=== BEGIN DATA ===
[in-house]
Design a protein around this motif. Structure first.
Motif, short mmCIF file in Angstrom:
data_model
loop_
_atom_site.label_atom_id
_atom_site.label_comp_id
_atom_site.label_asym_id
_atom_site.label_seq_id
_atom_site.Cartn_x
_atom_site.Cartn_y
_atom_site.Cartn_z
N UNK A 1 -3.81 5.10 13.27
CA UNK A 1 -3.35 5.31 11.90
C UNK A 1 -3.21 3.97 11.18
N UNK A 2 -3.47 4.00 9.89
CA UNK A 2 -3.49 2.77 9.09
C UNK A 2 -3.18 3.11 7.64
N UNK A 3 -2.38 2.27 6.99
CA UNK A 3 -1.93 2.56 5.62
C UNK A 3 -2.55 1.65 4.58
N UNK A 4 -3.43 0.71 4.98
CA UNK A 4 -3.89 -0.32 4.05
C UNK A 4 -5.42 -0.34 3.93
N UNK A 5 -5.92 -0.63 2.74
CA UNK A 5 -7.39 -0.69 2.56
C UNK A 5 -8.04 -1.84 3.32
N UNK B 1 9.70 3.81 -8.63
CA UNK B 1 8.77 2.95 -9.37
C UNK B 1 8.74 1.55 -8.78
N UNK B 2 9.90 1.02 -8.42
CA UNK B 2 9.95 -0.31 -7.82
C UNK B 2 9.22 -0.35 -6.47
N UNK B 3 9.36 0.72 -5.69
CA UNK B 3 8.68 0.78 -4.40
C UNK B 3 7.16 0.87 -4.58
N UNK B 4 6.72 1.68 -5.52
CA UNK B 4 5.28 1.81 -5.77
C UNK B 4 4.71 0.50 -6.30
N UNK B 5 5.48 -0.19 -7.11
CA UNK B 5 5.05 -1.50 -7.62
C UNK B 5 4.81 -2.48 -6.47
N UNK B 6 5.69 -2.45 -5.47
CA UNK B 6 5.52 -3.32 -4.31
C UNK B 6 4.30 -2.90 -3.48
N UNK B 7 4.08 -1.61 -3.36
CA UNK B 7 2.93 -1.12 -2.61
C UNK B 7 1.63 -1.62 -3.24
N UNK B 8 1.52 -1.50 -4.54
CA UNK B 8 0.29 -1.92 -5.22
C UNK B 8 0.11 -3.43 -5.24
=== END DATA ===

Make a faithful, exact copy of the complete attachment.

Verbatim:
[in-house]
Design a protein around this motif. Structure first.
Motif, short mmCIF file in Angstrom:
data_model
loop_
_atom_site.label_atom_id
_atom_site.label_comp_id
_atom_site.label_asym_id
_atom_site.label_seq_id
_atom_site.Cartn_x
_atom_site.Cartn_y
_atom_site.Cartn_z
N UNK A 1 -3.81 5.10 13.27
CA UNK A 1 -3.35 5.31 11.90
C UNK A 1 -3.21 3.97 11.18
N UNK A 2 -3.47 4.00 9.89
CA UNK A 2 -3.49 2.77 9.09
C UNK A 2 -3.18 3.11 7.64
N UNK A 3 -2.38 2.27 6.99
CA UNK A 3 -1.93 2.56 5.62
C UNK A 3 -2.55 1.65 4.58
N UNK A 4 -3.43 0.71 4.98
CA UNK A 4 -3.89 -0.32 4.05
C UNK A 4 -5.42 -0.34 3.93
N UNK A 5 -5.92 -0.63 2.74
CA UNK A 5 -7.39 -0.69 2.56
C UNK A 5 -8.04 -1.84 3.32
N UNK B 1 9.70 3.81 -8.63
CA UNK B 1 8.77 2.95 -9.37
C UNK B 1 8.74 1.55 -8.78
N UNK B 2 9.90 1.02 -8.42
CA UNK B 2 9.95 -0.31 -7.82
C UNK B 2 9.22 -0.35 -6.47
N UNK B 3 9.36 0.72 -5.69
CA UNK B 3 8.68 0.78 -4.40
C UNK B 3 7.16 0.87 -4.58
N UNK B 4 6.72 1.68 -5.52
CA UNK B 4 5.28 1.81 -5.77
C UNK B 4 4.71 0.50 -6.30
N UNK B 5 5.48 -0.19 -7.11
CA UNK B 5 5.05 -1.50 -7.62
C UNK B 5 4.81 -2.48 -6.47
N UNK B 6 5.69 -2.45 -5.47
CA UNK B 6 5.52 -3.32 -4.31
C UNK B 6 4.30 -2.90 -3.48
N UNK B 7 4.08 -1.61 -3.36
CA UNK B 7 2.93 -1.12 -2.61
C UNK B 7 1.63 -1.62 -3.24
N UNK B 8 1.52 -1.50 -4.54
CA UNK B 8 0.29 -1.92 -5.22
C UNK B 8 0.11 -3.43 -5.24